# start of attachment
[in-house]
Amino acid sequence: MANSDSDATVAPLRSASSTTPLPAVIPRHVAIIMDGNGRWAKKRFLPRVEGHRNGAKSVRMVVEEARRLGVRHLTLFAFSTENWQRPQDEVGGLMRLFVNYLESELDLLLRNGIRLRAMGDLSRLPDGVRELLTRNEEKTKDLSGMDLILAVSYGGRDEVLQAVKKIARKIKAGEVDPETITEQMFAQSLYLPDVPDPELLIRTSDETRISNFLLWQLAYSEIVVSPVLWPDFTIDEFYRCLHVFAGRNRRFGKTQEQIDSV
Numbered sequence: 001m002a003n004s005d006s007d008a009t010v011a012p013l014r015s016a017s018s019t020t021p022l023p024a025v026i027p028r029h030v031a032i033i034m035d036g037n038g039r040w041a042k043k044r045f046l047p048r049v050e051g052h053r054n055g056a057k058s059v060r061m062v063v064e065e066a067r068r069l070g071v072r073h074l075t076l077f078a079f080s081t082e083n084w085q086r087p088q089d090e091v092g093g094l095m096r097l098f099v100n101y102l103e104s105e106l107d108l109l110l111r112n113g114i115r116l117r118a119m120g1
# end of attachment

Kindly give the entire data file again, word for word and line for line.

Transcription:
[in-house]
Amino acid sequence: MANSDSDATVAPLRSASSTTPLPAVIPRHVAIIMDGNGRWAKKRFLPRVEGHRNGAKSVRMVVEEARRLGVRHLTLFAFSTENWQRPQDEVGGLMRLFVNYLESELDLLLRNGIRLRAMGDLSRLPDGVRELLTRNEEKTKDLSGMDLILAVSYGGRDEVLQAVKKIARKIKAGEVDPETITEQMFAQSLYLPDVPDPELLIRTSDETRISNFLLWQLAYSEIVVSPVLWPDFTIDEFYRCLHVFAGRNRRFGKTQEQIDSV
Numbered sequence: 001m002a003n004s005d006s007d008a009t010v011a012p013l014r015s016a017s018s019t020t021p022l023p024a025v026i027p028r029h030v031a032i033i034m035d036g037n038g039r040w041a042k043k044r045f046l047p048r049v050e051g052h053r054n055g056a057k058s059v060r061m062v063v064e065e066a067r068r069l070g071v072r073h074l075t076l077f078a079f080s081t082e083n084w085q086r087p088q089d090e091v092g093g094l095m096r097l098f099v100n101y102l103e104s105e106l107d108l109l110l111r112n113g114i115r116l117r118a119m120g1